|The Cardiovascular System|
|EECP pushes blood back toward the heart to reduce the heart's workload.|
|Copyright © Nucleus Medical Media, Inc.|
Reasons for Procedure
- Your medications are not working well enough
- You are not a good candidate for surgery
- Your doctor wants you to try a nonmedical alternative before considering surgery
- You have had surgery but are still having chest pain
- Decrease in symptoms of angina
- Decreased need for angina medications
- Ability to do activities, such as exercise, without angina
- Improved heart function if a lack of oxygenated blood flow is a problem
- Improved quality of life
- Bruising or blisters
- Bleeding if your blood is too thin
- Leg or waist pain
- Worsening of heart failure in people who have certain heart rhythm abnormalities
- Severe heart failure
- Certain heart valve problems, such as significant aortic insufficiency or regurgitation
- Problems with heart rhythm, called arrhythmias
- High blood pressure you cannot control with medications
- Blockages in the veins or arteries of your legs
- Recent heart catheterization
- Severe chronic obstructive pulmonary disease (COPD)
- Aortic aneurysm or aortic dissection
What to Expect
Prior to Procedure
- Discuss your medical history
- Discuss any medications you are taking—your doctor may not recommend EECP if you take blood thinners
- Answer any questions you have about the procedure
Description of Procedure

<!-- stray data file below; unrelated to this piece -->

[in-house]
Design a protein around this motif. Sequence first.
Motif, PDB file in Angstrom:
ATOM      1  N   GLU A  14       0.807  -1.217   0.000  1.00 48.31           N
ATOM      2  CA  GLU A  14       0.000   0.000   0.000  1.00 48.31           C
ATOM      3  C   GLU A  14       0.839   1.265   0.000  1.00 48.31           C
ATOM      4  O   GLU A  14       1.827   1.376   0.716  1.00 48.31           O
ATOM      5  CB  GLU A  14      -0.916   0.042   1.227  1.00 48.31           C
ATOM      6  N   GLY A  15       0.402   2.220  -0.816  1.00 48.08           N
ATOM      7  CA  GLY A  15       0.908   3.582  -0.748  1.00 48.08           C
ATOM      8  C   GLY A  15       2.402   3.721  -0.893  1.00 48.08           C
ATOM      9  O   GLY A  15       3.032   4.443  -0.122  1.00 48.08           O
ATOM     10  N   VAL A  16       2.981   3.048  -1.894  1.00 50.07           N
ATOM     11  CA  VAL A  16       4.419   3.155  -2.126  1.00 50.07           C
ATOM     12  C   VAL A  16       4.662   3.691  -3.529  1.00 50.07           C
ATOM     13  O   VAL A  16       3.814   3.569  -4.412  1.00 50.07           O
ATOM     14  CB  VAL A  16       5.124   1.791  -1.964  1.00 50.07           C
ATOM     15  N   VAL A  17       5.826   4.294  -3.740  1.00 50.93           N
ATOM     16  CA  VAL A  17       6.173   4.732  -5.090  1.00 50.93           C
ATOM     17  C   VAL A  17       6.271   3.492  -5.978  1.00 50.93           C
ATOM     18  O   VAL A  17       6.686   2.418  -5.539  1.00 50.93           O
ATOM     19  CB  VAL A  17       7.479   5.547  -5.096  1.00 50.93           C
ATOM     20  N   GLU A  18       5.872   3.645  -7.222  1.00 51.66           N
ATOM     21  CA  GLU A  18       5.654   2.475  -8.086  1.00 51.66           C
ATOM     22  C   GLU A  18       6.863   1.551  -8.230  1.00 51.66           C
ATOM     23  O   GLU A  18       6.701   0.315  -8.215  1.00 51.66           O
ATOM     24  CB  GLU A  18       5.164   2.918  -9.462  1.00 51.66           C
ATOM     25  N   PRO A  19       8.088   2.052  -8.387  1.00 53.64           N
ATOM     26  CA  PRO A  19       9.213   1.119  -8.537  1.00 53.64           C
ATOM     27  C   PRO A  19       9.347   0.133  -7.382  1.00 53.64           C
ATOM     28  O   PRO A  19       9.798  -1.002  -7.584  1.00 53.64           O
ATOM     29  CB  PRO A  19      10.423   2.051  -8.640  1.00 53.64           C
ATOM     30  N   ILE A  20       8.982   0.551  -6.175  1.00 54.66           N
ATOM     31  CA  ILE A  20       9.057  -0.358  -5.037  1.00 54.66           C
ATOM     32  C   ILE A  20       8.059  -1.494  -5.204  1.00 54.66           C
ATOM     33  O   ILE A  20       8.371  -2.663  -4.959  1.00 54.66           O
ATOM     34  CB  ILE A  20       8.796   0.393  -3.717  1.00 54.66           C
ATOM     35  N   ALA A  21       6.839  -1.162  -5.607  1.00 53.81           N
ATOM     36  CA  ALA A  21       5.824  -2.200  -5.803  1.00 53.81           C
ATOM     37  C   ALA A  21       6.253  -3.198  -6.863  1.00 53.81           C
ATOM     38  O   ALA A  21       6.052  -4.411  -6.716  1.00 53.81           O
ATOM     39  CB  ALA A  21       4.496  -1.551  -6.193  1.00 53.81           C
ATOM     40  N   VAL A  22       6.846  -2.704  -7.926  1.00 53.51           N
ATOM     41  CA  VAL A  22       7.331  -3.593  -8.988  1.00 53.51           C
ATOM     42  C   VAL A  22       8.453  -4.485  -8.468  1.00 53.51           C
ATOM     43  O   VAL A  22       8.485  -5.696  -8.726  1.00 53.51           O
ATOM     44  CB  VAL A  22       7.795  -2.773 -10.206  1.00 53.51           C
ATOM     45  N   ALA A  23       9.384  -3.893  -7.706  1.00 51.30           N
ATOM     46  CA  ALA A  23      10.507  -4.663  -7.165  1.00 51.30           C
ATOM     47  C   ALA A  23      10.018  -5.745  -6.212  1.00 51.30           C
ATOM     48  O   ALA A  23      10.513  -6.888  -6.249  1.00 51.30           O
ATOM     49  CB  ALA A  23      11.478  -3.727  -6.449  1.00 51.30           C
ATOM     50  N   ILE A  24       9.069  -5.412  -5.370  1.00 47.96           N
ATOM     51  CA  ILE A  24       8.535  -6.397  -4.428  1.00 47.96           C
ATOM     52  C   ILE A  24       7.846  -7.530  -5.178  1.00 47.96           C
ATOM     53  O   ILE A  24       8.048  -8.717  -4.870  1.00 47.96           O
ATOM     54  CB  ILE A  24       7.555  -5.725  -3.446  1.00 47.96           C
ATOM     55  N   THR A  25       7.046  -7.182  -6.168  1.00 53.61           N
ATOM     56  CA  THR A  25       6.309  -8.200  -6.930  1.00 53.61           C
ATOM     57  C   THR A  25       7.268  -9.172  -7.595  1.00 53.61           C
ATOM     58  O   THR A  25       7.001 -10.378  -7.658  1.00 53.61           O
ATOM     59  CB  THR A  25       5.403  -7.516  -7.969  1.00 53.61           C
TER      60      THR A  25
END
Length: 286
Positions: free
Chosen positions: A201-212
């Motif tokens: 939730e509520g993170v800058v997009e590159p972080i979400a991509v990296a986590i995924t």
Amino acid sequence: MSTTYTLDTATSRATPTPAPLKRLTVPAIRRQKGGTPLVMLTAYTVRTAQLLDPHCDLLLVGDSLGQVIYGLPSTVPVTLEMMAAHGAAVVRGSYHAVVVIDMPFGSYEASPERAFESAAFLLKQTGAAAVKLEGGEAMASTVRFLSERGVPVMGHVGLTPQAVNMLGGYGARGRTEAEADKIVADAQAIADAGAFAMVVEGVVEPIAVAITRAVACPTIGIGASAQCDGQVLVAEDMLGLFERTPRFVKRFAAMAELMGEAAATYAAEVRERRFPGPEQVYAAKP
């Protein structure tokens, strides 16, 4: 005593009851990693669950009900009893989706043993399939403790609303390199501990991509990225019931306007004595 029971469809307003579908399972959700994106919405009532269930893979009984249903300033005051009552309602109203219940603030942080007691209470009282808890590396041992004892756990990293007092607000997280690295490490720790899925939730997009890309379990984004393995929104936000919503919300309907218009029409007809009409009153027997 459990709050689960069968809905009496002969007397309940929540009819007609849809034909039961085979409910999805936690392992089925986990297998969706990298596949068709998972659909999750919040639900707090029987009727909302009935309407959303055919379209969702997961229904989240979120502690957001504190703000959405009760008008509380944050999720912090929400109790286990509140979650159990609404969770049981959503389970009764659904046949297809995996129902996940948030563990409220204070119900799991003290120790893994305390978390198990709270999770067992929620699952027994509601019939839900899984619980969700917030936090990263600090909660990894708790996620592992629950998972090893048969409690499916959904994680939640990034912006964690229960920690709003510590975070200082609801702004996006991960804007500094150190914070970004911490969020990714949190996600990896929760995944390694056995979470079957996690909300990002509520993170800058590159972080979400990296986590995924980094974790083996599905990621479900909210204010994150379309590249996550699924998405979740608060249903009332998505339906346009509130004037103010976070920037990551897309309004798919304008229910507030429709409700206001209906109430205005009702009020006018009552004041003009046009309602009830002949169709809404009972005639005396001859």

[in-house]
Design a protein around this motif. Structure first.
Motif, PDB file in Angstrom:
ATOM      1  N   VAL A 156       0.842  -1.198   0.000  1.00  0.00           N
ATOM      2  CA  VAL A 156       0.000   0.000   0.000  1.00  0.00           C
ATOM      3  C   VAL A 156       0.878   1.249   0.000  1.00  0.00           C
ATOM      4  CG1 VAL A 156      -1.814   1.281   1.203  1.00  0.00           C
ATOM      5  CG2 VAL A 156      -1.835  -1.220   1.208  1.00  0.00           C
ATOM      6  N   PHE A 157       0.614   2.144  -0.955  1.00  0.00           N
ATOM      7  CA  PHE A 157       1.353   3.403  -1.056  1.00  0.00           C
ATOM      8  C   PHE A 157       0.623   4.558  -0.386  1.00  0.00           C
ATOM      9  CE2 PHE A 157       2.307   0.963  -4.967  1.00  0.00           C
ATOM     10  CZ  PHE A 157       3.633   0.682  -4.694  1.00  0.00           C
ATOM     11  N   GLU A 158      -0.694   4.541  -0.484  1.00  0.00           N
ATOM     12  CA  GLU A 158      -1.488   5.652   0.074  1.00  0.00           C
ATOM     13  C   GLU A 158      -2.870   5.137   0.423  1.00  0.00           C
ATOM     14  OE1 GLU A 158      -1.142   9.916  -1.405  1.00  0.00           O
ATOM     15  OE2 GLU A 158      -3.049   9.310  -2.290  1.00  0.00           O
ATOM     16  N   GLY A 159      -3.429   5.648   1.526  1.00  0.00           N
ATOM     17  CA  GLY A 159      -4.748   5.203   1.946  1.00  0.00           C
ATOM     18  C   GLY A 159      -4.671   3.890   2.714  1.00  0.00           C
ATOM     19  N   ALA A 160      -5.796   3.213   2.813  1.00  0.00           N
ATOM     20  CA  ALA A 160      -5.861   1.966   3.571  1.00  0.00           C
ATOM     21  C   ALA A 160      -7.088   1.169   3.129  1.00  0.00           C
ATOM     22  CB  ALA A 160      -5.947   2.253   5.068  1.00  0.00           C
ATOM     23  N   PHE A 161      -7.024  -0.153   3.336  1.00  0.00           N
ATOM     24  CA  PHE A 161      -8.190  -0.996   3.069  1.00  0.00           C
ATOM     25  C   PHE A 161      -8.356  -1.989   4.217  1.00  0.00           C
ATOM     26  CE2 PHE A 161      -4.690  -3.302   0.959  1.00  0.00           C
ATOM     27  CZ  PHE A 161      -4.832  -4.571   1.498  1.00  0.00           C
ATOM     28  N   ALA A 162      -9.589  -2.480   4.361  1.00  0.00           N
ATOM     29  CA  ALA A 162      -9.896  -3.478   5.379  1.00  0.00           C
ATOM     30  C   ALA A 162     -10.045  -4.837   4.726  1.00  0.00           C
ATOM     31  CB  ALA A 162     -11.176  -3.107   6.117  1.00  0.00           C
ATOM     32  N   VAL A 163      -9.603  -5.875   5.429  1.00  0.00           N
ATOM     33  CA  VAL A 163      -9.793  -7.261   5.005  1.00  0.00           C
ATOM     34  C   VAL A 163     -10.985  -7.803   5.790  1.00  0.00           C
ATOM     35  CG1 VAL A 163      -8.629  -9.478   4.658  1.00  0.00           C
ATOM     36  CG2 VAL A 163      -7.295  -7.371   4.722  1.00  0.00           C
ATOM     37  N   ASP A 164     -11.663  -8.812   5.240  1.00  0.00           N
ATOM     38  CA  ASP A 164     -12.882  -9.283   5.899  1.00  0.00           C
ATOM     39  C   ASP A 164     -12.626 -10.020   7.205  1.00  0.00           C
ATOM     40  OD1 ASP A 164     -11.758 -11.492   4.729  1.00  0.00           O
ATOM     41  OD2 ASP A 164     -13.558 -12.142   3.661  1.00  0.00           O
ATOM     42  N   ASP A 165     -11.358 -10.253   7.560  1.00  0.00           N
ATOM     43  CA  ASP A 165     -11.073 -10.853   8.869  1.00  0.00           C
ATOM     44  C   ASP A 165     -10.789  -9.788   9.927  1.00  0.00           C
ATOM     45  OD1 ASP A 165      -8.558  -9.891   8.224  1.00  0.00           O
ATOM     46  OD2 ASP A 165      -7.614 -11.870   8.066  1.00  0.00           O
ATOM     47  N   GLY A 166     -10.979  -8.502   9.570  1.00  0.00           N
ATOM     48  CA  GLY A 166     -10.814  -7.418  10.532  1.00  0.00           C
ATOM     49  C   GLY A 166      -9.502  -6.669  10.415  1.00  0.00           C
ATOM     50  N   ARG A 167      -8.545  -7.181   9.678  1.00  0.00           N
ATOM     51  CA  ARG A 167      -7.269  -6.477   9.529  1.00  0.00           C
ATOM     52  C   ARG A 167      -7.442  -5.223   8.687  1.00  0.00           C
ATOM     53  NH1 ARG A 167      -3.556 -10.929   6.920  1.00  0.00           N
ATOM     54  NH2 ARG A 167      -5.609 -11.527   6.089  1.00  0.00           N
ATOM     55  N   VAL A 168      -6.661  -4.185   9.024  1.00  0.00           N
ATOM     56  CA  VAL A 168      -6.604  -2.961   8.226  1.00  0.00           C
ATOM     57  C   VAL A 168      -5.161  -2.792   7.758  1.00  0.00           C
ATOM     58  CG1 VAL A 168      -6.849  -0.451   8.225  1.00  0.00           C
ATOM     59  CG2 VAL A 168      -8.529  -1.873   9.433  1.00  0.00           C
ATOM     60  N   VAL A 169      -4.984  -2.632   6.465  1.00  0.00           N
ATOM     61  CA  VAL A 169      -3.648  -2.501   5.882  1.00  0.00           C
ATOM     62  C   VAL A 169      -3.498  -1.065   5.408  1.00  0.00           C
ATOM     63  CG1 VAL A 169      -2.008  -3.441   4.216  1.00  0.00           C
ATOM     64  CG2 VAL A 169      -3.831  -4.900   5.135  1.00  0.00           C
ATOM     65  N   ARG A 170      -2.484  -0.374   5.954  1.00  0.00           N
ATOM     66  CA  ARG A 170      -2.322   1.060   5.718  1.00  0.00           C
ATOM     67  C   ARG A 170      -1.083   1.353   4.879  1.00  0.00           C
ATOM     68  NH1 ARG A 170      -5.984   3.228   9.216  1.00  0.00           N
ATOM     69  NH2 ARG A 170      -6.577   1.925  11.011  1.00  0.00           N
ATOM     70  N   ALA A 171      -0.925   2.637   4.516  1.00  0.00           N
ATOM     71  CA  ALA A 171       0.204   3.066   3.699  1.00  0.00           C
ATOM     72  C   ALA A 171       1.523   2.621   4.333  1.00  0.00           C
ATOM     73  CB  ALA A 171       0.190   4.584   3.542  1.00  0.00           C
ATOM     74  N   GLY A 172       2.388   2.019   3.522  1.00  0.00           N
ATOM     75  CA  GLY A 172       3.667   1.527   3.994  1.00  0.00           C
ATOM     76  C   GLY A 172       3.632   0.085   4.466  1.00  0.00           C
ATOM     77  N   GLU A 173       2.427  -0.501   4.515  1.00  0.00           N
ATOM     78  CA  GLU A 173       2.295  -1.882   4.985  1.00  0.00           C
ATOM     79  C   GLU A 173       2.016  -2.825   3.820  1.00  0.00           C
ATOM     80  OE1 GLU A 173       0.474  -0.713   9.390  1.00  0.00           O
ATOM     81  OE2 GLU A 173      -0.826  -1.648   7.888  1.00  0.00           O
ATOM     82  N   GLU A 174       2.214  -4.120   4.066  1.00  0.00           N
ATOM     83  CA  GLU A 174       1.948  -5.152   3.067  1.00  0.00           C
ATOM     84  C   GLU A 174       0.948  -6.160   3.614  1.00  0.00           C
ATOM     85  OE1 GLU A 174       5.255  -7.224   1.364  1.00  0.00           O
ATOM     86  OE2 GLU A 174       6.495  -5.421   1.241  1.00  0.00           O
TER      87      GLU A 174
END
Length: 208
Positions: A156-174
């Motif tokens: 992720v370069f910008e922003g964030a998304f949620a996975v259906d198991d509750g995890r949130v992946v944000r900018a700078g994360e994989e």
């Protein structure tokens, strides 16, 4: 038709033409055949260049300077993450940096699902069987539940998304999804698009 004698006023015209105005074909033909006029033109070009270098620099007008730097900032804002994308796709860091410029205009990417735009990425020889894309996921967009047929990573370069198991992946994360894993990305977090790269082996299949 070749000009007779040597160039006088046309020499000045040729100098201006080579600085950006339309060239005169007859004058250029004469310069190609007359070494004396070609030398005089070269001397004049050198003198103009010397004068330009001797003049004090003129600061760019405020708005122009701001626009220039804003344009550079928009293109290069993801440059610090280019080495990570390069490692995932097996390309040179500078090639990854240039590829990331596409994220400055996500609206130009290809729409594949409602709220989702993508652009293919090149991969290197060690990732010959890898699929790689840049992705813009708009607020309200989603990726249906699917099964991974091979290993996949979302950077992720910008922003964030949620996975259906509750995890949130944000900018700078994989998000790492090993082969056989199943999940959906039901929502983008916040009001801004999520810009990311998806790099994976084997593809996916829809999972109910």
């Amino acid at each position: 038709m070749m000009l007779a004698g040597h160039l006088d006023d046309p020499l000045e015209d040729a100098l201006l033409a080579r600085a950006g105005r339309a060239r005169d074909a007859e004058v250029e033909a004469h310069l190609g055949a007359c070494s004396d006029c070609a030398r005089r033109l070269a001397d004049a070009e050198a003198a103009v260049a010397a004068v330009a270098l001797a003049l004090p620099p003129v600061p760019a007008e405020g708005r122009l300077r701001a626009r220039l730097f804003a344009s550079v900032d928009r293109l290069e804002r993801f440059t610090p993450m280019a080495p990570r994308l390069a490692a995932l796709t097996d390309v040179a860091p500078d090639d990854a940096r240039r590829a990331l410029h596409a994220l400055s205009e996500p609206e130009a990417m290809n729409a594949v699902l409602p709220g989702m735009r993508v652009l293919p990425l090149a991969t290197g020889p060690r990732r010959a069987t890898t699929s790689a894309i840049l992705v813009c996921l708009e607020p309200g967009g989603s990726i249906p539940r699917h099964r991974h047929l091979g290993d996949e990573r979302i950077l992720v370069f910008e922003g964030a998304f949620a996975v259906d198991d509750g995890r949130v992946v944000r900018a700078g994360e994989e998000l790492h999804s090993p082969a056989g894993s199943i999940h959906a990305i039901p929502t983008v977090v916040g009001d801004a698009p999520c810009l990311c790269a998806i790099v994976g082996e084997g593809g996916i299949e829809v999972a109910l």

How Long Will It Take?
How Much Will It Hurt?
Call Your Doctor
- Severe chest pain that may feel tight or heavy
- Shortness of breath
- Numbness or tingling in shoulder, arm, or wrist
- Symptoms not relieved with medication
American Heart Association http://www.heart.org
National Heart Lung and Blood Institute http://www.nhlbi.nih.gov
Canadian Cardiovascular Society http://www.ccs.ca
Heart and Stroke Foundation of Canada http://www.heartandstroke.com
Amin F, Al Hajeri A, Civelek B, et al. Enhanced external counterpulsation for chronic angina pectoris. Cochrane Database of Systematic Reviews. 2010;2:CD007219.
Enhanced external counterpulsation. Cleveland Clinic website. Available at: http://my.clevelandclinic.org/heart/disorders/cad/eecp.aspx. Updated May 2015. Accessed June 29, 2015.
Enhanced external counterpulsation (EECP). The Ohio State University Medical Center Heart and Vascular center website. Available at: http://medicalcenter.osu.edu/heart/conditions/pages/treatments/eecp.aspx. Accessed June 29, 2015.
What is angina? National Heart Lung and Blood Institute website. Available at: http://www.nhlbi.nih.gov/health/health-topics/topics/angina. Updated June 1, 2011. Accessed June 29, 2015.
What is angina? American Heart and Stroke Association website. Available at: http://www.heart.org/idc/groups/heart-public/@wcm/@hcm/documents/downloadable/ucm%5F300287.pdf. Published 2012. Accessed June 29, 2015.
Manchanda A, Soran O. Enhanced external counterpulsation and future directions: step beyond medical management for patients with angina and heart failure. J Am Coll Cardiol. 2007;50(16):1523-1531.
- Reviewer: Michael J. Fucci, DO; Brian Randall, MD
- Review Date: 06/2015 -
- Update Date: 05/11/2013 -